By Nageshwar Patnaik in Bhubaneswar, June 18, 2021: The second wave of COVID-19 pandemic continues to have a significant adverse impact on lives, livelihoods and the economy of the country. This unprecedented crisis has prompted Prime Minister Narendra Modi to talk of repairing and preparing the health infrastructure and the economy to meet future challenges.

The next immediate challenge is the threat of a third wave. The second wave has opened up the rural areas to this deadly virus. It is needless to say that rural areas have poor health infrastructure. Besides, the pandemic has heightened the rising inequities. The powers-that-be have the onerous responsibility to address both growth and inequality issues.

Referring to the holocaust wrought by COVID-19 pandemic, Modi in his keynote address at the 5th edition of VivaTech, via video conference on Wednesday
said, “And when I say prepare, I mean insulating our planet against the next pandemic, ensuring we focus on a sustainable lifestyle that stops ecological degradation, strengthening cooperation in furthering research as well as innovation.”

It is truism to say that India’s economy continues to wrestle with the second wave of COVID-19 which grew 1.6% in the March quarter compared with the same period a year earlier, but that was before a massive second wave of infections hit the country which led to fairly stringent lockdowns across most states causing another round of job losses and a significant dent to demand. Data on jobs, income, household income, consumer sentiment and demand show that the second wave has had a devastating impact on India’s economy, especially on poorer citizens and smaller businesses.

The first wave has already taken a toll on India’s Gross Domestic Product (GDP) in 2020-21. India’s economy contracted 7.3 per cent in FY21- the sharpest ever in the country’s history. But it needs to be categorically mentioned that the Indian economy was in one of its worst ever deceleration phases even before the Covid-19 pandemic hit India sometime in April-June quarter in terms of livelihoods; and July onward in terms of lives with both cases and deaths rising. The slowdown was already worse than the one the Indian economy went through in 2011-12.

Back then, quarterly GDP growth fell from 10.3% in March 2011 to 4.9% in June 2012. However, the economy started recovering after 2011-12. Annual GDP growth fell from 8.5% in 2010-11 to 5.2% in 2011-12. This contraction was followed by a sharp recovery until 2016-17. This has not been the case this time and GDP growth has been falling continuously since 2017-18. GDP growth fell continuously for eight quarters. It was 8.2% in March 2018 and had fallen to just 3.1% in March 2020.

Nominal GDP growth in 2019-20 fell to just 7.2%, the lowest since 1975-76. The 2019-20 Union Budget assumed a 12% nominal growth. Nominal GDP is crucial for revenue collections, as taxes are a fraction of nominal incomes. The sharp fall in nominal growth was a big reason for a huge shortfall in tax collections in 2019-20. According to data from the Controller General of Accounts, which works under the ministry of finance, gross tax revenue collections were just 81.6% of the budget estimates in 2019-20, the lowest since 2000-01.

With the outbreak of Coronavirus, India’s growth in the fourth quarter of the fiscal year 2020 went down to 3.1% according to the union Ministry of Statistics. However, after the announcement of the economic package in mid-May, India’s GDP estimates were downgraded even more negative figures, signaling a deep recession. On September 1, 2020, the Ministry of Statistics released the GDP figures for Q1 (April to June) FY21, which showed a contraction of 24% as compared to the same period the year before.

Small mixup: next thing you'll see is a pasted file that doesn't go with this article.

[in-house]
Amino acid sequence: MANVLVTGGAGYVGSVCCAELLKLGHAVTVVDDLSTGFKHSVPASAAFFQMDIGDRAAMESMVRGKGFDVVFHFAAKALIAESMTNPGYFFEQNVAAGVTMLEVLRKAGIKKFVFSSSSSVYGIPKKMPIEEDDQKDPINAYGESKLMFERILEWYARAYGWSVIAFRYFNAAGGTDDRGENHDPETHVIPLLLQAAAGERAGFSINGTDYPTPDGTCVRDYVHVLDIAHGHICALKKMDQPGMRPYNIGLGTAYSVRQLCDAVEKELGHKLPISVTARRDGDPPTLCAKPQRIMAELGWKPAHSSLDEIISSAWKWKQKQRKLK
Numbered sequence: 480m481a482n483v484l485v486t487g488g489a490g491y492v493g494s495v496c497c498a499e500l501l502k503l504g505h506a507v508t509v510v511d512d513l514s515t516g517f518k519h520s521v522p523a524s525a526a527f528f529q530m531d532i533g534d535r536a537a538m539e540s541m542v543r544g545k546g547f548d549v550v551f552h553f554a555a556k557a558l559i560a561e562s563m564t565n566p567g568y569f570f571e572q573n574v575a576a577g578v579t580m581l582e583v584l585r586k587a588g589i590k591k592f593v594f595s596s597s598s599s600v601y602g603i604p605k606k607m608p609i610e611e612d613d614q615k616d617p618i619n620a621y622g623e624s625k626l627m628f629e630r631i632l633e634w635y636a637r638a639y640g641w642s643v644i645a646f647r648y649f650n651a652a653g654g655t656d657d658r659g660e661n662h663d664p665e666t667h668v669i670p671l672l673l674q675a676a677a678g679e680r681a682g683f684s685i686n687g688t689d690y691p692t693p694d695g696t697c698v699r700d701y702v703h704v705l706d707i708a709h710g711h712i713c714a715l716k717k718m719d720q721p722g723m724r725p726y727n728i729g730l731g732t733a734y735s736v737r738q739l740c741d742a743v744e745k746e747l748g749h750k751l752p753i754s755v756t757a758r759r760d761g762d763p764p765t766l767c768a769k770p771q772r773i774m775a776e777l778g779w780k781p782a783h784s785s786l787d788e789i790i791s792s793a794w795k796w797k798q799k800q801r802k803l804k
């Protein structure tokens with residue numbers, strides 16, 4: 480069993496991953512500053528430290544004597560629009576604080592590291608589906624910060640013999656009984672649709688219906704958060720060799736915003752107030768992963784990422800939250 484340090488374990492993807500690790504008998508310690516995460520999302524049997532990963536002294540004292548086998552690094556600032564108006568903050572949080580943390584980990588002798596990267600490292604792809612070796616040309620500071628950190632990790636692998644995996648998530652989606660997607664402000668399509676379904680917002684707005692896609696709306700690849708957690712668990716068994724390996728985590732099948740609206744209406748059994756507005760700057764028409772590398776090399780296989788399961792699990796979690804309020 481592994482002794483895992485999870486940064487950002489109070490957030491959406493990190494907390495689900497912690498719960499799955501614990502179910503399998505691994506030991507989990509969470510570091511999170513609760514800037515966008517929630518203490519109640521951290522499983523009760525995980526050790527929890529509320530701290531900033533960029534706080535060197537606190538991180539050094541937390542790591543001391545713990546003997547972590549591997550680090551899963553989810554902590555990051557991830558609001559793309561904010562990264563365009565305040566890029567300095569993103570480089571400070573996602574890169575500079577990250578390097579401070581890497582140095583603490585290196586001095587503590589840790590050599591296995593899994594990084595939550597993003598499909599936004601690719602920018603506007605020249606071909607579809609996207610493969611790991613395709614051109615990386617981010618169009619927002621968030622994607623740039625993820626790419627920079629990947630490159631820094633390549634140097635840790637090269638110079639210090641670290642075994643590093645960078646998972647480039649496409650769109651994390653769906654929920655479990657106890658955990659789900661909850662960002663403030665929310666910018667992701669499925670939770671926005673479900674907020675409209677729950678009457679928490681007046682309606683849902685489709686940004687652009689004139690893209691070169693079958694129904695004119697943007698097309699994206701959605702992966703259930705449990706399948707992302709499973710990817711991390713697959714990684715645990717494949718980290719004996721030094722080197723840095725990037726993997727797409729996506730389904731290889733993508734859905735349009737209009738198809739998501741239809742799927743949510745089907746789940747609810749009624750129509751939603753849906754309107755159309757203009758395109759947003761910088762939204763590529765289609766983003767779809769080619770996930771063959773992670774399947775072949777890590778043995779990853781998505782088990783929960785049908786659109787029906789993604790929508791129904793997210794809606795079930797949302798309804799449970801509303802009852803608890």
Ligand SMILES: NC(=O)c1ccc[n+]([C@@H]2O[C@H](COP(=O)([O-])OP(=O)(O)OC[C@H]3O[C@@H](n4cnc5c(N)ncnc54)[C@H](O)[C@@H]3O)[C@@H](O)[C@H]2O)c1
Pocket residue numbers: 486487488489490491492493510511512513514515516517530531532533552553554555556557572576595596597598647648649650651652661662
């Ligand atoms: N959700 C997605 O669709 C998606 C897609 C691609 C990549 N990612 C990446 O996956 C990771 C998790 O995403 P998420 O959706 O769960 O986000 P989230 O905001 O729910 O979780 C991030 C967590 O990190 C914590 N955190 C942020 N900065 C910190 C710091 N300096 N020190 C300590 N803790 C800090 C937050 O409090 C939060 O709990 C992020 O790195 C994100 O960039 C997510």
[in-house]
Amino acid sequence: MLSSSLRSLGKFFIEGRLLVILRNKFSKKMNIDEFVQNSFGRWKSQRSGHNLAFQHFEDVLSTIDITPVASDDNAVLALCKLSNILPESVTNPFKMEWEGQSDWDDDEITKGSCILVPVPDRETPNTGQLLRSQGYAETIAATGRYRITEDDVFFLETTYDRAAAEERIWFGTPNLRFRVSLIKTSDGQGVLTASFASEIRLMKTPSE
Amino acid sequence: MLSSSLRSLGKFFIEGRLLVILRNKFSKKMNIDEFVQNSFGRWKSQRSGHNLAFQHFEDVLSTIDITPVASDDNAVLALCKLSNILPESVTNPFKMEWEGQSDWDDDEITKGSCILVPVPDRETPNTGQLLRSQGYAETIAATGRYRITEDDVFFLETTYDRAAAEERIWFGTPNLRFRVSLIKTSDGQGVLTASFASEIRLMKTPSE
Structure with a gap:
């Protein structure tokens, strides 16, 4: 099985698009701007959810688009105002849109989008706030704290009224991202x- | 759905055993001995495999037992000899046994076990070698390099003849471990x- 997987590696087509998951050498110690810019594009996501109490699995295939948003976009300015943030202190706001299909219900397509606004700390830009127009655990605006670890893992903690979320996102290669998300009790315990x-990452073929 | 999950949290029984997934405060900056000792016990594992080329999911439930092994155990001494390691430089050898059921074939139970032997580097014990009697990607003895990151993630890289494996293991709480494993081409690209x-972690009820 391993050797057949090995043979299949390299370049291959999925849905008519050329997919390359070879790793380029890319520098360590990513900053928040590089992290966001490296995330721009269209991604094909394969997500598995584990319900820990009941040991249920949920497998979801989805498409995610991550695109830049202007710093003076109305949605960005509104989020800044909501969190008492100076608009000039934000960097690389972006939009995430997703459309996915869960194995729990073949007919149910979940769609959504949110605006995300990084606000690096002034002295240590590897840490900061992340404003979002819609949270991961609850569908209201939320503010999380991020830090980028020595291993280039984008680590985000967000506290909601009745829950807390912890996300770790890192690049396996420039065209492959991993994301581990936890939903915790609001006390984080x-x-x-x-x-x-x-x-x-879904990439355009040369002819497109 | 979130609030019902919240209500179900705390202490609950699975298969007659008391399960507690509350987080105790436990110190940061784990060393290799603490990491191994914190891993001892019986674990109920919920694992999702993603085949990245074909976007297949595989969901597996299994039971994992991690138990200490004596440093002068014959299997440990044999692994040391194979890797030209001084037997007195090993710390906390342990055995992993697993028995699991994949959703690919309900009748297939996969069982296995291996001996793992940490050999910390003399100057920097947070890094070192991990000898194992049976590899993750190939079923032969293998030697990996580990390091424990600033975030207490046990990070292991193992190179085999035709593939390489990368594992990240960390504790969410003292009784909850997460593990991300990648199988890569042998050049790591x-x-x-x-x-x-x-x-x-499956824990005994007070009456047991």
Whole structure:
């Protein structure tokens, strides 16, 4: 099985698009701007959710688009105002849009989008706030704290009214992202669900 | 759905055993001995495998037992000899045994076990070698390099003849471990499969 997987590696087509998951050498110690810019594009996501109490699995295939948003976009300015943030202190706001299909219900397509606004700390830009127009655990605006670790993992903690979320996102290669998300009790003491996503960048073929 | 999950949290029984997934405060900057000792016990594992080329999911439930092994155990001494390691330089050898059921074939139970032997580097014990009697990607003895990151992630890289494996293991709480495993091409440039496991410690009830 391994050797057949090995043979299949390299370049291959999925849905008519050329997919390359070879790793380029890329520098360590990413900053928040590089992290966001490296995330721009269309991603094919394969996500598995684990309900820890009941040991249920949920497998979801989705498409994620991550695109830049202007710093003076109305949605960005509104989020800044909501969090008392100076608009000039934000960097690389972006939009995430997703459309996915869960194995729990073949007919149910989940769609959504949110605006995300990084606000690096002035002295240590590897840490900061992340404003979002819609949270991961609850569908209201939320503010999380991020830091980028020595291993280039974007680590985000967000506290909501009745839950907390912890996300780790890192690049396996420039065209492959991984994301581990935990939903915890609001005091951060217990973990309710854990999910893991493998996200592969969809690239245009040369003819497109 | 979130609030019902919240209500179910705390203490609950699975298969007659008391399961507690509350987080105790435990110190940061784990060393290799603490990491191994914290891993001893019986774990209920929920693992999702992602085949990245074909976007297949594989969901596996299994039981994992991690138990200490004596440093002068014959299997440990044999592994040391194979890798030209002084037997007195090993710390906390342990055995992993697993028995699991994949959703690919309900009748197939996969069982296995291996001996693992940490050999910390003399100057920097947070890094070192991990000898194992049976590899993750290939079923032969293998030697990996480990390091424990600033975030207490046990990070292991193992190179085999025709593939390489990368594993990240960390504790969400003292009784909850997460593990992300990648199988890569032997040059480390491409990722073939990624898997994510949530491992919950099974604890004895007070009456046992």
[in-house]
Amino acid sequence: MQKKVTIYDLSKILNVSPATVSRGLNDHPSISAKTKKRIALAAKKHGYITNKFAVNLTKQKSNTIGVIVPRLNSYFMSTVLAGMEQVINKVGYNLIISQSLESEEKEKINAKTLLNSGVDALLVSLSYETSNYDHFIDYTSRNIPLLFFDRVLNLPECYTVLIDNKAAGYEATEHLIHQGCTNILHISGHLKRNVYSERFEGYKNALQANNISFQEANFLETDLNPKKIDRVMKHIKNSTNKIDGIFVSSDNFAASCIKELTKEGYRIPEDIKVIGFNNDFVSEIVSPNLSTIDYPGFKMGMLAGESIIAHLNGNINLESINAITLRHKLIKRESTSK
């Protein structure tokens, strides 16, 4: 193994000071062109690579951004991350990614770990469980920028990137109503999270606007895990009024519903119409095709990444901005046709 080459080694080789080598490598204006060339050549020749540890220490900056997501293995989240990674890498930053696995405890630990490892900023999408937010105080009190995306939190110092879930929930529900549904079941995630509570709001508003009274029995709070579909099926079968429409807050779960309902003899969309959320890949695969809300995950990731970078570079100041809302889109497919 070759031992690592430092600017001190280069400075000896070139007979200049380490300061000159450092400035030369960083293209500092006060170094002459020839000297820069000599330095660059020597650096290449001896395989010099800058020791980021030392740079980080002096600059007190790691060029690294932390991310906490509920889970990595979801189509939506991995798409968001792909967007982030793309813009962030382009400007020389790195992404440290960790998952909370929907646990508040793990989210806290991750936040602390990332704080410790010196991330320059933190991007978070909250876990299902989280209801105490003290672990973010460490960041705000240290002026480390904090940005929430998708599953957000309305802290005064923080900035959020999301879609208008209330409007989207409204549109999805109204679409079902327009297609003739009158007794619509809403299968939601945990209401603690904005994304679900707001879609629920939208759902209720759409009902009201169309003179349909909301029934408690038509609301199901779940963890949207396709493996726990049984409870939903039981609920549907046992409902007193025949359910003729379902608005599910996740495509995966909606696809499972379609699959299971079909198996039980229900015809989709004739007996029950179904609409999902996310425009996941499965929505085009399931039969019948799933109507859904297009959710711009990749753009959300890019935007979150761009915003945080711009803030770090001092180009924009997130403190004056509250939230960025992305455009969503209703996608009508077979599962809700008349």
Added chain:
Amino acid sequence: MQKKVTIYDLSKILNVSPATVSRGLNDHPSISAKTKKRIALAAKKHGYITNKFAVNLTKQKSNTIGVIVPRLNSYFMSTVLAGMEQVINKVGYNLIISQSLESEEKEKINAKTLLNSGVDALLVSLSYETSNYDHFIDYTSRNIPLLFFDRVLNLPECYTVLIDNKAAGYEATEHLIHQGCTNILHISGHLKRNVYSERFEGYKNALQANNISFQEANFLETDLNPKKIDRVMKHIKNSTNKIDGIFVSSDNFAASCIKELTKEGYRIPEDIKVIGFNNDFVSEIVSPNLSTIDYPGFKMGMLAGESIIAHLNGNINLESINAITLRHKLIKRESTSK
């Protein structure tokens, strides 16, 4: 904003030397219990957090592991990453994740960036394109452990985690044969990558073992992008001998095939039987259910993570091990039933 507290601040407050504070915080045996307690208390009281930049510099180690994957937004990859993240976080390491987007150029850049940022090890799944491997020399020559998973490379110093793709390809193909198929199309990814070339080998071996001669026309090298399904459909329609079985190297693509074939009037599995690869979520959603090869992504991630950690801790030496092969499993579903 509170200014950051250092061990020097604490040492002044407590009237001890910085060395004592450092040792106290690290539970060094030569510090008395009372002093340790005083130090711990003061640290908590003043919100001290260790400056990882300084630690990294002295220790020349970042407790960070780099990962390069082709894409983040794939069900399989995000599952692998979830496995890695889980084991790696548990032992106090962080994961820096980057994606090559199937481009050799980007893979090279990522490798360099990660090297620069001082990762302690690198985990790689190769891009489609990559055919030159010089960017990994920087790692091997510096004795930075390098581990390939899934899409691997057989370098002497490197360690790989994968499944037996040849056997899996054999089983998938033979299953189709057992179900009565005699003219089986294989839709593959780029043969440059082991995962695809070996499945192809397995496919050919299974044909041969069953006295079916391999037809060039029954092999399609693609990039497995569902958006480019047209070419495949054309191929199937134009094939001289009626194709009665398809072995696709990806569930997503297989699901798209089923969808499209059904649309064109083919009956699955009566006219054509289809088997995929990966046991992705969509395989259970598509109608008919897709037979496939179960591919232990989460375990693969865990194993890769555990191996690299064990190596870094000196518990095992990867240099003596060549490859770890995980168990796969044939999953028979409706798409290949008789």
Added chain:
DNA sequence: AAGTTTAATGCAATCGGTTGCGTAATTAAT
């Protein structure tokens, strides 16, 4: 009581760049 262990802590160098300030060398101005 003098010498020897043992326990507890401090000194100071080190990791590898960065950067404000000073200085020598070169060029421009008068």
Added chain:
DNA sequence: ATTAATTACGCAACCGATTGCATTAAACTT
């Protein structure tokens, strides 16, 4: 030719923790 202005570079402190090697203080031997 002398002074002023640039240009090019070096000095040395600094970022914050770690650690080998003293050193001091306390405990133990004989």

Aware of the hit taken by the Indian economy post the second phase of COVID-19 pandemic, Narendra Modi led government has offered Rs 50,000 crore of credit incentives to boost health care infrastructure. The program will allow companies to access funds for ramping up hospital capacity or medical supplies with the government acting as a guarantor. The focus is likely to be on strengthening Covid-19 related health infrastructure in smaller towns. The Reserve Bank of India had then announced an on-tap liquidity window for banks worth 500 billion rupees to extend credit to health services and vaccine manufacturers until March 2022.

But the economy is passing through the worst phase with annual retail inflation rate rising to 6.30% year-on-year in May, up from 4.29% in April and sharply above analysts’ estimate of 5.30%. The wholesale price inflation rate rose 12.94%; it’s highest in at least two decades. According to the Reserve Bank of India’s June bulletin, the second wave’s toll is mainly in terms of the hit to domestic demand. Rising international commodity prices, especially of crude, logistics costs, excise duties, cesses and taxes pose upside risks to the inflation outlook.

Meanwhile, household budgets have been hit hard by a sharp increase in prices of edible oil and pulses for the past few months due to a string of factors, including a jump in global commodity prices. The most glaring price hike has taken place in edible oils where MRP has shot up close to 50 per cent in the last one year. The explanation given by the union Agriculture Minister Narendra Singh Tomar that mustard oil has definitely become a bit expensive, because the government has stopped adulteration in it.

That means the citizens have been taking adulterated mustard oil since Modi came to power. The government needs to clarify on this issue in the earliest so that people have confidence on the Modi government’s action on repairing and preparing the health infrastructure and the economy to meet future challenges.

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